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Dido, Queen of Carthage review

A faithful but modern take on this classic story.

An epic tale of Roman antiquity retold by a Jacobean playwright: Christopher Marlowe’s underperformed Dido, Queen of Carthage has arrived at Greenwich Theatre and is staged by the London fringe masters of the classics, Lazarus Theatre Company.

Well known for their spectacular openings that often mix song, dance, and movement; the chant from the mortals of the play who circle the back of the stage in near-darkness is by contrast solemn. However, this gives way to the gods Jupiter and Ganymede, who appear from behind the rainbow clouds of Mount Olympus engaging in a good rough shag.

Dido, Queen of Carthage

Lewis Davidson as Jupiter and Harper James as Ganymede. Photo by Adam Trigg.

Such an attention-grabbing first scene (and a cheeky bit with a dial-up telephone as Jupiter summons one of his minions) runs the risk of being seen as provocative, though in truth the homoerotic depiction of Mount Olympus and the hedonistic sexual pursuits of randy top-dog (top-god?) Jupiter is entirely in-keeping with Roman mythology. The muscular Jupiter (Lewis Davidson) and his beautiful waif Ganymede (Harper James) as depicted here, in loose (very loose!) cotton sheets recall the overtly sexual statuary of the time. Harper James is delightful as Ganymede, depicting the youth as spoilt and effeminate, and he’s such fun to watch in the part it ends up being a shame Marlowe didn’t place him in more scenes.

Dido, Queen of Carthage

Alice Brown as Dido. Photo by Adam Trigg.

Marlowe, and the actors involved in this production, clearly have a lot of fun bringing the gods to life. Lucy Hagan-Walker portrays both motherly concern towards her son Aeneas and sexual jealousy (who can blame her after she walks in on her husband Jupiter banging a pretty young boy in the first scene?), and her enmity towards fellow goddess Juno (Jen Holt) is well picked-out.

An innovative move is to avoid the perennial pitfall of having a child actor playing Aeneas’s son Ascanius through puppetry. This further involves the gods as they speak through the boy whilst they prowl out of human vision on the side of the stage: thus making the puppetry of Ascanius an allegory that works literally as well as thematically.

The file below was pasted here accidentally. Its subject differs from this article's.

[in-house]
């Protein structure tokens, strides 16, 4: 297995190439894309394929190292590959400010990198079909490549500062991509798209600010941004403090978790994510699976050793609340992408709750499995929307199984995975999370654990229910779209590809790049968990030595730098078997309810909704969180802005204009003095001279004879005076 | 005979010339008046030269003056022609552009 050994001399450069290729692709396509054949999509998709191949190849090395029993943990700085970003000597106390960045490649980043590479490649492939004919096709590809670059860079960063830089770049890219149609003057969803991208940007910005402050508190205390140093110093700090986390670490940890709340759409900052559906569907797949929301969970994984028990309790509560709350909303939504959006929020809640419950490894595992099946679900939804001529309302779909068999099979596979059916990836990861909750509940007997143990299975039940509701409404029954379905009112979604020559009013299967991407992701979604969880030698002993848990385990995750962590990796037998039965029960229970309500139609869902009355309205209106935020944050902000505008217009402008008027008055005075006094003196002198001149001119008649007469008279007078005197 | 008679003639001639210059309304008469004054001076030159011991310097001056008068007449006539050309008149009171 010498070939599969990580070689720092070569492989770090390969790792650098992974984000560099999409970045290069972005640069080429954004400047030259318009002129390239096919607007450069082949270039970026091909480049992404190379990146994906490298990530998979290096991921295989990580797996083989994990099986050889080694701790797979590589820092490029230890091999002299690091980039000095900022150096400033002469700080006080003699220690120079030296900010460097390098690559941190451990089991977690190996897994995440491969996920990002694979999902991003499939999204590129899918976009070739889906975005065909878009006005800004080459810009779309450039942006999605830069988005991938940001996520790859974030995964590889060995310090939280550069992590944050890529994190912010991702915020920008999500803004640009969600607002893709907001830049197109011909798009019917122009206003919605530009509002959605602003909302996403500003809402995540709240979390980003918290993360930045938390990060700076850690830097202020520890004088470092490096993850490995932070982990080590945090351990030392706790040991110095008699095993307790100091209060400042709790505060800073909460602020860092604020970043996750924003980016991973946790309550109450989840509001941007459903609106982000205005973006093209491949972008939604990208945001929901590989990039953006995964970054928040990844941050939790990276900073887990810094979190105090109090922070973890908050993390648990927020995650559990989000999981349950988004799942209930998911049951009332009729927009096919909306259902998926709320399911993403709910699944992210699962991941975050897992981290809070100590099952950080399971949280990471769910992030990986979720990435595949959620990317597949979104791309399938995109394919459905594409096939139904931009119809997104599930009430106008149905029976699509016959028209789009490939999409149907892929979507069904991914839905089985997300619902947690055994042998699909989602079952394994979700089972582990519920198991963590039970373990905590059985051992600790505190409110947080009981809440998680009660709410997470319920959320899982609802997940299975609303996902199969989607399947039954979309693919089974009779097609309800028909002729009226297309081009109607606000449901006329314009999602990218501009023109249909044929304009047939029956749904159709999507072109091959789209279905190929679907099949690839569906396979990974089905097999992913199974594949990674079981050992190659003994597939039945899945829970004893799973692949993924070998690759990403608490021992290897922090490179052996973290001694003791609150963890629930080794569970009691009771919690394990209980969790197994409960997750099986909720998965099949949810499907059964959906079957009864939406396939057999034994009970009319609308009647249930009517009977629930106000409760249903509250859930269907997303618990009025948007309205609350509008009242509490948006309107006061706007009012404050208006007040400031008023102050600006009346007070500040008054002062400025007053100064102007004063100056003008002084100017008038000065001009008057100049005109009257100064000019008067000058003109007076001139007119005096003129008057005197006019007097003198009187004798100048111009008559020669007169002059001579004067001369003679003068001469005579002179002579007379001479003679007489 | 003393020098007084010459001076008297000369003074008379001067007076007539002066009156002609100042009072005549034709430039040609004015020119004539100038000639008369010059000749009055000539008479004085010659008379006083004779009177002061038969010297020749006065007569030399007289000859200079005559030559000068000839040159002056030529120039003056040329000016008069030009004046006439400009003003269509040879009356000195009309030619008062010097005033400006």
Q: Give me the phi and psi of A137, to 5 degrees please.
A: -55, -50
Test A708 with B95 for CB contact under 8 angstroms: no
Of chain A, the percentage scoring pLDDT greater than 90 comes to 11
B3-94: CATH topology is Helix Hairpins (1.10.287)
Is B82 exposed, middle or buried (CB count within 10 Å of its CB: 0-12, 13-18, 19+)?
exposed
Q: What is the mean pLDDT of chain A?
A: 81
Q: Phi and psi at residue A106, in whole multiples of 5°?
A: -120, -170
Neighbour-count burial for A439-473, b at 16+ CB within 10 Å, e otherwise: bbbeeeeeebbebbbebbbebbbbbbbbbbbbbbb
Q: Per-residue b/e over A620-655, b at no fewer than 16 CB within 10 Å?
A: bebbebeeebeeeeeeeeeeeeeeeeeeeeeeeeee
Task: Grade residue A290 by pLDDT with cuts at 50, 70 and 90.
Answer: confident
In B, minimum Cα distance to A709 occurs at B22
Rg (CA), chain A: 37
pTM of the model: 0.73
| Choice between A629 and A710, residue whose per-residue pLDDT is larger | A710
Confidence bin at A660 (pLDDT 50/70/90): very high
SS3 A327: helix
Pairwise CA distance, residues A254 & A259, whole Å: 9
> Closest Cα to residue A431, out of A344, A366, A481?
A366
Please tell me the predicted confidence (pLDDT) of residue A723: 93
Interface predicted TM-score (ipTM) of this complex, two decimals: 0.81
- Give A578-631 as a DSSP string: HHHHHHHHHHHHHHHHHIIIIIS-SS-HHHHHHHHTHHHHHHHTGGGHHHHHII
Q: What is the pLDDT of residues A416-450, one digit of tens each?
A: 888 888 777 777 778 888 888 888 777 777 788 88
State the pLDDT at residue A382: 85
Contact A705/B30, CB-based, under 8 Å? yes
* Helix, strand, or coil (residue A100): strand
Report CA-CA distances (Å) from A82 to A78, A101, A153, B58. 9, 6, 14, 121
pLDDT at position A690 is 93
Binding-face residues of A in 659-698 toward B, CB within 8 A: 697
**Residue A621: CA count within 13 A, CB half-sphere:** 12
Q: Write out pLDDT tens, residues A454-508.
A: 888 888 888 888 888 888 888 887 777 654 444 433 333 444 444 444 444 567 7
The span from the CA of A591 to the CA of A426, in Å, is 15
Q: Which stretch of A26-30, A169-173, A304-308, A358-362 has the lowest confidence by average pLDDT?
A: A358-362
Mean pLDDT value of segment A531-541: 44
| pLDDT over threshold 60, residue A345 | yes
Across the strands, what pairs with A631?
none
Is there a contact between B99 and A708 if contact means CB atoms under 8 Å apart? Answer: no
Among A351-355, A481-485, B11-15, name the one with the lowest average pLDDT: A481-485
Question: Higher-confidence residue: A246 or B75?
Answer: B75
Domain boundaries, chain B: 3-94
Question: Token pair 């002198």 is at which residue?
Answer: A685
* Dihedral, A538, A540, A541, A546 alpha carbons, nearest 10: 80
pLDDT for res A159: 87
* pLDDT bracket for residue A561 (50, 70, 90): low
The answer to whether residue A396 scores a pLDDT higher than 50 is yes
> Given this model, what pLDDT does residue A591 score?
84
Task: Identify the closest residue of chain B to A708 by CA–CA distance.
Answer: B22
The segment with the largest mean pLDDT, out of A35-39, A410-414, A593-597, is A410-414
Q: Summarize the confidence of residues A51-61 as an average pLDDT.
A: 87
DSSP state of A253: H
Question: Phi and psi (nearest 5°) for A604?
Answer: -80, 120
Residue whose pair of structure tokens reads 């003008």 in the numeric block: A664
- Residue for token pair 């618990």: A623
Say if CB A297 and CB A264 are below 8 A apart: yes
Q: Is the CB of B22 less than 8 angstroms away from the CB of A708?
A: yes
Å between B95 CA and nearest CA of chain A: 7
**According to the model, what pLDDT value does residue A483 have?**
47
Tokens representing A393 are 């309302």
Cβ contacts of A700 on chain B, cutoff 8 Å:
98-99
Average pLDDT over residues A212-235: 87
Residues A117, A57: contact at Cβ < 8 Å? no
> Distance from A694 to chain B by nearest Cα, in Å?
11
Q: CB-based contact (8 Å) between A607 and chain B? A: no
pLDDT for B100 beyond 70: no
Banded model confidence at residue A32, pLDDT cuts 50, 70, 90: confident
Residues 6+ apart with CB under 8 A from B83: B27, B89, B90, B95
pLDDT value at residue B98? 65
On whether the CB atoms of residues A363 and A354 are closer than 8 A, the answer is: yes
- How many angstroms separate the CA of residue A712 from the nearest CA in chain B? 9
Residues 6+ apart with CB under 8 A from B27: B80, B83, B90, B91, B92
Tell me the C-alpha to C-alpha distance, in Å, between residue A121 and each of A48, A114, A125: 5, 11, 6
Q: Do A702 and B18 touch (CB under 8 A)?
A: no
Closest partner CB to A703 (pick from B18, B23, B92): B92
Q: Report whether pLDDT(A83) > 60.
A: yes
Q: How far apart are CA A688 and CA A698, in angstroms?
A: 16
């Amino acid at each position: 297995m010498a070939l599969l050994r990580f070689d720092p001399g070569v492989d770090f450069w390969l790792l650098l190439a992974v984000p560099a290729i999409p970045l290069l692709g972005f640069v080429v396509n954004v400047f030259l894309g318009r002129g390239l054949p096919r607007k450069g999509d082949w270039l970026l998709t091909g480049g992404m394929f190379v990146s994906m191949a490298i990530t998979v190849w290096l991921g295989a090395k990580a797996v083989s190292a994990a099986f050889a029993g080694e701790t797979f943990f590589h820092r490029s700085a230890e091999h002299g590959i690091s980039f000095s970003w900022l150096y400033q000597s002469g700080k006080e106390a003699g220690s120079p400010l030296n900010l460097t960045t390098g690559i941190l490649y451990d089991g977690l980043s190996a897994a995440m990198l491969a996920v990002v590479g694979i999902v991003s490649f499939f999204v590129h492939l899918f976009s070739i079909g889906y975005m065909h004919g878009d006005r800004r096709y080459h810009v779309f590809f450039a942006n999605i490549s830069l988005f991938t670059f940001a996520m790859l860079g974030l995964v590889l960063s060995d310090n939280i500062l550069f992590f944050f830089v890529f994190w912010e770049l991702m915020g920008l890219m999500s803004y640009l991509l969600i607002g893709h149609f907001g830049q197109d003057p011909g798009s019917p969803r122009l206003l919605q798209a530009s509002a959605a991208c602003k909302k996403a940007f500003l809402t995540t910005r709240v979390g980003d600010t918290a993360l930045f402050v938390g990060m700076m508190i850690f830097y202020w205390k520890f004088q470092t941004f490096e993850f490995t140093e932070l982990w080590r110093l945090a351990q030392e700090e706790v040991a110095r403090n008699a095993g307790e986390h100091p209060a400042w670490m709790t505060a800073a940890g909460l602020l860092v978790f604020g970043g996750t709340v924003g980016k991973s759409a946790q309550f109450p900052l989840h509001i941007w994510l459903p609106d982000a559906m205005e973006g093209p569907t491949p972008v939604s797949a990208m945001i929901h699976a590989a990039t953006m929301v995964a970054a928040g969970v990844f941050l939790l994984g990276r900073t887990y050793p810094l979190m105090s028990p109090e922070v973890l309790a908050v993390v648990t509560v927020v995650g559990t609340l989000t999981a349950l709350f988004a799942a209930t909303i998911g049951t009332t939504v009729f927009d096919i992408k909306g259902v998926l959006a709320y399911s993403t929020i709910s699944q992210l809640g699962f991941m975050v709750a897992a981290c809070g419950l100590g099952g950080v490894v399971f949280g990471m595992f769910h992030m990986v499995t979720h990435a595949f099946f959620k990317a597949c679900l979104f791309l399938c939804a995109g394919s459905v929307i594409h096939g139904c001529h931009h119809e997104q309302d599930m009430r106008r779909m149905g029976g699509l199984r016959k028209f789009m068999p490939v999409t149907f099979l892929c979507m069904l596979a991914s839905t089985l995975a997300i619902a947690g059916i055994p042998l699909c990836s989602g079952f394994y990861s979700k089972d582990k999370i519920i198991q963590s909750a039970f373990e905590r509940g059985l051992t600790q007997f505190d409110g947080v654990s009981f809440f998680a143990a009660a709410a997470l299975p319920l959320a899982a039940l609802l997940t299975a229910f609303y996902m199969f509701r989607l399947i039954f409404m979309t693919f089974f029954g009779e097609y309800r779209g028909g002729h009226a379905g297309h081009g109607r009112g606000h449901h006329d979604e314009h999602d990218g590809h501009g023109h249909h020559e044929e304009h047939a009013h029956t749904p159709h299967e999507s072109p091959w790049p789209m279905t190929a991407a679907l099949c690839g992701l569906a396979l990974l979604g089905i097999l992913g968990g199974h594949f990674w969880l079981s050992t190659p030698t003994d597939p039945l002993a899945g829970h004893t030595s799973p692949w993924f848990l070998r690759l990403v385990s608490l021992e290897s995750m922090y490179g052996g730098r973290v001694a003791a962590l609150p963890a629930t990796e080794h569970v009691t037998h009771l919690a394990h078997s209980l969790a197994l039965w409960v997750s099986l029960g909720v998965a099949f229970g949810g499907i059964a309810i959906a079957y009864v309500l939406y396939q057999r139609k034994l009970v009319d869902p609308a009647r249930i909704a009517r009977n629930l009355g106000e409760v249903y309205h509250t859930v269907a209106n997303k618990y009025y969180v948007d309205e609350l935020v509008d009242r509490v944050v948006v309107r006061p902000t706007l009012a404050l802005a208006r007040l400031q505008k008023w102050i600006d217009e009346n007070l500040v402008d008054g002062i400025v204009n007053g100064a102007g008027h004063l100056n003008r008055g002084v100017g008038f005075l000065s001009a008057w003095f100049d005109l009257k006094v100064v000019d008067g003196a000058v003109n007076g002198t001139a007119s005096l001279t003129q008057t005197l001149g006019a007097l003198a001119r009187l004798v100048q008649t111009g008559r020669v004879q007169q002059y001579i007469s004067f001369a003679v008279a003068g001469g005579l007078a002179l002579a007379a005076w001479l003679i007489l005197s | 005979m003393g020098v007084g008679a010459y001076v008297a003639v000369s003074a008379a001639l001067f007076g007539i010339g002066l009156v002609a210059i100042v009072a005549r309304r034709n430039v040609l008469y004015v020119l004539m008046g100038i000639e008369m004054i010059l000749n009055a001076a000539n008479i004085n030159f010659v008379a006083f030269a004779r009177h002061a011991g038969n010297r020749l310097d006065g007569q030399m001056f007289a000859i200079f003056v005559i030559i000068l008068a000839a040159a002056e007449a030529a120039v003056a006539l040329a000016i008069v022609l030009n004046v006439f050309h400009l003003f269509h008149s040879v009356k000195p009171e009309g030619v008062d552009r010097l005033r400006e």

Dido, Queen of Carthage

The puppet of Ascanius. Photo by Adam Trigg.

The constant manipulation of humans by the gods raises an awkward philosophical question about free will that Marlowe doesn’t escape from. Not only do the gods have much more fun, they’re also portrayed more in a more humanistic light, ironically enough, and they are entirely in charge of human fates. Aeneas isn’t so much caught between duty and love as given no choice but to obey the gods to the detriment of his happiness. But who can respect a man who refuses to take responsibility for his actions?

The stylised look and feel of the production (the gold-painted puppet and the use of folded umbrellas for swords – John Steed would approve – being visual examples) means that Dido, Queen of Carthage isn’t the warmest play. It’s presented instead as a somewhat surreal nightmarish fable where the walls of reality are often breached. Much of the action takes place on a raised circular pedestal in the centre of the stage, and the actors circle one another like boxers in a ring.

As the hapless, feckless Aeneas, Joseph Tweedale is suitably stoical. His real moment to shine comes in telling Dido the story of the destruction of Troy, a scene bolstered by the creation of another strong image as the cast enact the events Aeneas recalls like a moving frieze.

Dido, Queen of Carthage

Aeneas (Joseph Tweedale) tells Dido (Alice Brown) his story. Photo by Adam Trigg.

Of the humans, it’s Dido who impresses the most. Even she doesn’t escape from being manipulated into falling in love with Aeneas by the god Cupid, but Alice Brown’s full and feisty characterisation is impressive, and her inevitable fate is electrifyingly staged. It’s a moment when, with a little smile to her sister Anna (Gemma Beaton), the drama breaks free of the artifice and pulls on the heartstrings too. It’s a striking and rewarding climax.

Those familiar with the work of Lazarus Theatre Company will recognise a few familiar faces in their rep cast, and will enjoy seeing a longer production (this one runs to two hours, not including an interval) in the larger, comfortable surroundings of Greenwich Theatre. Dido, Queen of Carthage manages to be both a faithful rendition of Marlowe’s classic as well as modern and relatable. It’s running alongside their revived telling of King Lear, and plays until 1st June.

All photographs by Adam Trigg.

Dido, Queen of Carthage

Lucy Hagan-Walker as Venus. Photo by Adam Trigg.


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